Anne L Bucktrout

Anne L Bucktrout

Research Assistant.


That he lives in the center of Williamsburg, only blocks from the College, but has three graves in his backyard doesn't seem to disturb the composure of Matt Mainor. Not long after he moved to Newport Avenue, about seven years ago, he heard from a neighbor, Alfred Armstrong, the story that many people along the street had heard, that they lived close to a burying ground used in 1918 for victims of the famous influenza epidemic.Only recently, however, has it been possible to ferret out the details of the Bucktrout Cemetery where, from 1918 to 1928, two dozen or more people, black and white, were buried in a potters field on the Bucktrout Farm. The stories of the people buried there, as I know them, are brief, very brief.And they might have been lost totally had it not been for a gift to Swem Library of the College of William and Mary. That generous gift by the Bucktrout Funeral Home--six volumes of funeral records covering the years 1916 to 1945--tells us what little is known of the people whose bodies were laid to rest in downtown Williamsburg.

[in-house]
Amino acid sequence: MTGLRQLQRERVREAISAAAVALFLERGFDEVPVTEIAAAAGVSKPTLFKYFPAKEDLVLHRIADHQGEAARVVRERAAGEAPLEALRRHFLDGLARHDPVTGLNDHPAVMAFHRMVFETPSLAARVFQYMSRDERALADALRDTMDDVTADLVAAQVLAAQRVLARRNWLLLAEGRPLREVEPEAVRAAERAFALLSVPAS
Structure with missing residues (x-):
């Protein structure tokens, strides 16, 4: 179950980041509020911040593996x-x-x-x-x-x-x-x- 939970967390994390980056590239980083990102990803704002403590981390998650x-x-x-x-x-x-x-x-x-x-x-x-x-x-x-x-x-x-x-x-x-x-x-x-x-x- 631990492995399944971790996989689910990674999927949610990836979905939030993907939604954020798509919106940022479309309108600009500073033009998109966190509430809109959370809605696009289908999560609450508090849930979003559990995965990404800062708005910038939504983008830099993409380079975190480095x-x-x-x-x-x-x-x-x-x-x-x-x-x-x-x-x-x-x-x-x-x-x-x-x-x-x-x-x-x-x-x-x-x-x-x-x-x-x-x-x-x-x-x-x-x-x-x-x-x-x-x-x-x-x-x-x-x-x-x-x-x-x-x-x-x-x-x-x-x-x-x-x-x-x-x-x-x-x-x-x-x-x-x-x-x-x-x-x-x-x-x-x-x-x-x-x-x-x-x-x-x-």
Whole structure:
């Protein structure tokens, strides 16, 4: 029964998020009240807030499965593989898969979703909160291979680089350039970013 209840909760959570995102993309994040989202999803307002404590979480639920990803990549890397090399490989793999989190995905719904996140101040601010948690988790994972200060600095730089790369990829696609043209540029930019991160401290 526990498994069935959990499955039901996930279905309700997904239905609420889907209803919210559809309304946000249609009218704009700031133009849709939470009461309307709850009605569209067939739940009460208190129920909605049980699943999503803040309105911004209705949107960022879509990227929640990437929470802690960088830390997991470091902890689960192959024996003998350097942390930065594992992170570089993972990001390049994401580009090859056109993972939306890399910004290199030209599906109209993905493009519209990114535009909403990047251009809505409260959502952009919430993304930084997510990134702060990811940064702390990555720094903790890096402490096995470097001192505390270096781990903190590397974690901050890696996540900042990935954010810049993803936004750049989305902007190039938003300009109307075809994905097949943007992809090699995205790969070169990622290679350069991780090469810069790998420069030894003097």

Bucktrout Cemetery was opened at a time of terrible stress on Williamsburg following the establishment and incredibly rapid expansion of a major munitions factory operated by DuPont at the village of Penniman, now Cheatham Annex, some six miles from Williamsburg. At the height of World War I, in January 1918, DuPont announced that by the summer the number of men building the plant at Penniman would be increased from 1,000 to 3,000 or 4,000, all to construct a new village with a bank, a YMCA, a post office, a hotel, a railway depot, a hospital, restaurants, and some 250 homes for workers and their families.

Research Interest

disability, diversity, equality, ethnicity, gender, positive action, race.

rolex replica